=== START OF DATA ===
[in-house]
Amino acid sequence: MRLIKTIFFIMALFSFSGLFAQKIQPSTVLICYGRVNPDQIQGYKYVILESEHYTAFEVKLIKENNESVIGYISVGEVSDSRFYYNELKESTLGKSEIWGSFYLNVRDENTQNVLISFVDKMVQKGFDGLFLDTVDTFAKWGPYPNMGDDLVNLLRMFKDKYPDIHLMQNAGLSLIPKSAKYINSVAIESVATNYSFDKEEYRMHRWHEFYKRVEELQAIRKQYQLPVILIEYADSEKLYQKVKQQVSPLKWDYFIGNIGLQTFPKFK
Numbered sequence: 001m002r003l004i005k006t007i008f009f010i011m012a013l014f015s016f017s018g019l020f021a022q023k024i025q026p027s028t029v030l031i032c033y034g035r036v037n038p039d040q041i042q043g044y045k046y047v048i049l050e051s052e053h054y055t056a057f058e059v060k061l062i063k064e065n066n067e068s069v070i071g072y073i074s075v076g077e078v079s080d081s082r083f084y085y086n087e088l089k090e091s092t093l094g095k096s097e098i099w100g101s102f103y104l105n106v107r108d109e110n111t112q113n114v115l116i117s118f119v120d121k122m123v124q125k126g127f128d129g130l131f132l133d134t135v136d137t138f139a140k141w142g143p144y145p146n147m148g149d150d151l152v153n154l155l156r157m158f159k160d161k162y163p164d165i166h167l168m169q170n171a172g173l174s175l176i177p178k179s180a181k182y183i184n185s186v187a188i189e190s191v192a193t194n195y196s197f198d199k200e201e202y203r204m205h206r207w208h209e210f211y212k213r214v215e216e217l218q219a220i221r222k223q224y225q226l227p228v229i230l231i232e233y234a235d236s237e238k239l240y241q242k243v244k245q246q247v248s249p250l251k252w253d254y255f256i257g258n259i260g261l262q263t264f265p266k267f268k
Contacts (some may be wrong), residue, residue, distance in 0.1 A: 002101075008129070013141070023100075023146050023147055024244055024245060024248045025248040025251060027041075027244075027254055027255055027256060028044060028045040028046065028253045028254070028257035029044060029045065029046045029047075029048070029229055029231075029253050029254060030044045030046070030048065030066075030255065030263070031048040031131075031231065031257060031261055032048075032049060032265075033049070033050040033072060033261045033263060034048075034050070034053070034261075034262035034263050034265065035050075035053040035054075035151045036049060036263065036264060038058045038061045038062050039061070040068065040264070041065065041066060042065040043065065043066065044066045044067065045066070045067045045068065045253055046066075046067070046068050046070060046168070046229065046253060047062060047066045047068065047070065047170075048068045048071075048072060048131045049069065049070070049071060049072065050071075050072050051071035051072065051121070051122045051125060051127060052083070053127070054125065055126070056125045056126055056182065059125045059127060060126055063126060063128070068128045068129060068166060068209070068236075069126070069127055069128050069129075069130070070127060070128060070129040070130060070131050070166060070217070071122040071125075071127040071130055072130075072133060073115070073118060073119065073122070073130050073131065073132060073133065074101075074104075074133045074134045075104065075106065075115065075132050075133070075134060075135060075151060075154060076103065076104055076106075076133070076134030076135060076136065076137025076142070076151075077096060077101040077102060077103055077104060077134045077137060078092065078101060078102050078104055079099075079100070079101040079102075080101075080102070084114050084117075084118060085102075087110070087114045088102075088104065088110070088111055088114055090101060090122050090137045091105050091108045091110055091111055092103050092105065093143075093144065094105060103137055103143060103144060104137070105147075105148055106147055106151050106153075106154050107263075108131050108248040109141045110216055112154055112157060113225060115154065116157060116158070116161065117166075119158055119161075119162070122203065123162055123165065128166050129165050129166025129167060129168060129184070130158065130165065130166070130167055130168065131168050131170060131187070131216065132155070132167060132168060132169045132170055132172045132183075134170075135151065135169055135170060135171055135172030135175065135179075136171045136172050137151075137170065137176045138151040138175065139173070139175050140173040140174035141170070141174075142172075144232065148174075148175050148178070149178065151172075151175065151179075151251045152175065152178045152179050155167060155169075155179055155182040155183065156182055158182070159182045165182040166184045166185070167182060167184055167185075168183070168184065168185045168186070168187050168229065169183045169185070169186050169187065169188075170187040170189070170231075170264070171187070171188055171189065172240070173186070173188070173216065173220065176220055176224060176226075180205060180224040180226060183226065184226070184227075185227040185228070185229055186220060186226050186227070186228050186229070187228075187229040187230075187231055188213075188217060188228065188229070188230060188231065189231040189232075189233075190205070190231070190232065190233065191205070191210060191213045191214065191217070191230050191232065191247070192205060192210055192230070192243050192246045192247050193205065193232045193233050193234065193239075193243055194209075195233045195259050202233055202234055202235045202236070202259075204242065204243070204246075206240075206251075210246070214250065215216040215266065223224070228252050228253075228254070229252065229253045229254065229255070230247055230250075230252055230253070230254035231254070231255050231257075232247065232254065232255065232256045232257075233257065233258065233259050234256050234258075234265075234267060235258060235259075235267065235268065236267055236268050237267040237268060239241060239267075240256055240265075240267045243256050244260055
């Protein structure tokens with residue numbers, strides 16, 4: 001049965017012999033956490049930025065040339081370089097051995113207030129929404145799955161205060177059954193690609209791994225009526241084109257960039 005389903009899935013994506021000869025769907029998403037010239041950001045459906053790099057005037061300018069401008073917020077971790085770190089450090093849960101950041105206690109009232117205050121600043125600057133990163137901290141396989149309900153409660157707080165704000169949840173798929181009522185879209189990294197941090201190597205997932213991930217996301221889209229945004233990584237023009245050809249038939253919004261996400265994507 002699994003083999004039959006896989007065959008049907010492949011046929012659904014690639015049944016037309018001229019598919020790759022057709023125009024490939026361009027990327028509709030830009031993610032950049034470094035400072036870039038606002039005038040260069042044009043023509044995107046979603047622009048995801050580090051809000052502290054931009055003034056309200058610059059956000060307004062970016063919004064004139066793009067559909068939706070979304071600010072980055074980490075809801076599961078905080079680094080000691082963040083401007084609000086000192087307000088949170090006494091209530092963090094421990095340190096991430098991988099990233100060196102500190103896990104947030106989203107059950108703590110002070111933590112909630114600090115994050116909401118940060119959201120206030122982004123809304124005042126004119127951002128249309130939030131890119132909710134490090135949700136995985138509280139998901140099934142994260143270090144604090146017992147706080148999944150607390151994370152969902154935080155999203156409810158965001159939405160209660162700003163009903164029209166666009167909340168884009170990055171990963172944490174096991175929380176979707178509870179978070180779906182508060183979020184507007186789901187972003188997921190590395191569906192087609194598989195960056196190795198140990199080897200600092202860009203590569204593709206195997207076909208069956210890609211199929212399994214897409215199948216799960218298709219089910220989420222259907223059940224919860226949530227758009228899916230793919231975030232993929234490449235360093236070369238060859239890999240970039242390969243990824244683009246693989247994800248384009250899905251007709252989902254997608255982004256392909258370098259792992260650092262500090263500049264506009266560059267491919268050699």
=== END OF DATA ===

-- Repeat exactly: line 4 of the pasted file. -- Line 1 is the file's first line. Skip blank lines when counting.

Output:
Contacts (some may be wrong), residue, residue, distance in 0.1 A: 002101075008129070013141070023100075023146050023147055024244055024245060024248045025248040025251060027041075027244075027254055027255055027256060028044060028045040028046065028253045028254070028257035029044060029045065029046045029047075029048070029229055029231075029253050029254060030044045030046070030048065030066075030255065030263070031048040031131075031231065031257060031261055032048075032049060032265075033049070033050040033072060033261045033263060034048075034050070034053070034261075034262035034263050034265065035050075035053040035054075035151045036049060036263065036264060038058045038061045038062050039061070040068065040264070041065065041066060042065040043065065043066065044066045044067065045066070045067045045068065045253055046066075046067070046068050046070060046168070046229065046253060047062060047066045047068065047070065047170075048068045048071075048072060048131045049069065049070070049071060049072065050071075050072050051071035051072065051121070051122045051125060051127060052083070053127070054125065055126070056125045056126055056182065059125045059127060060126055063126060063128070068128045068129060068166060068209070068236075069126070069127055069128050069129075069130070070127060070128060070129040070130060070131050070166060070217070071122040071125075071127040071130055072130075072133060073115070073118060073119065073122070073130050073131065073132060073133065074101075074104075074133045074134045075104065075106065075115065075132050075133070075134060075135060075151060075154060076103065076104055076106075076133070076134030076135060076136065076137025076142070076151075077096060077101040077102060077103055077104060077134045077137060078092065078101060078102050078104055079099075079100070079101040079102075080101075080102070084114050084117075084118060085102075087110070087114045088102075088104065088110070088111055088114055090101060090122050090137045091105050091108045091110055091111055092103050092105065093143075093144065094105060103137055103143060103144060104137070105147075105148055106147055106151050106153075106154050107263075108131050108248040109141045110216055112154055112157060113225060115154065116157060116158070116161065117166075119158055119161075119162070122203065123162055123165065128166050129165050129166025129167060129168060129184070130158065130165065130166070130167055130168065131168050131170060131187070131216065132155070132167060132168060132169045132170055132172045132183075134170075135151065135169055135170060135171055135172030135175065135179075136171045136172050137151075137170065137176045138151040138175065139173070139175050140173040140174035141170070141174075142172075144232065148174075148175050148178070149178065151172075151175065151179075151251045152175065152178045152179050155167060155169075155179055155182040155183065156182055158182070159182045165182040166184045166185070167182060167184055167185075168183070168184065168185045168186070168187050168229065169183045169185070169186050169187065169188075170187040170189070170231075170264070171187070171188055171189065172240070173186070173188070173216065173220065176220055176224060176226075180205060180224040180226060183226065184226070184227075185227040185228070185229055186220060186226050186227070186228050186229070187228075187229040187230075187231055188213075188217060188228065188229070188230060188231065189231040189232075189233075190205070190231070190232065190233065191205070191210060191213045191214065191217070191230050191232065191247070192205060192210055192230070192243050192246045192247050193205065193232045193233050193234065193239075193243055194209075195233045195259050202233055202234055202235045202236070202259075204242065204243070204246075206240075206251075210246070214250065215216040215266065223224070228252050228253075228254070229252065229253045229254065229255070230247055230250075230252055230253070230254035231254070231255050231257075232247065232254065232255065232256045232257075233257065233258065233259050234256050234258075234265075234267060235258060235259075235267065235268065236267055236268050237267040237268060239241060239267075240256055240265075240267045243256050244260055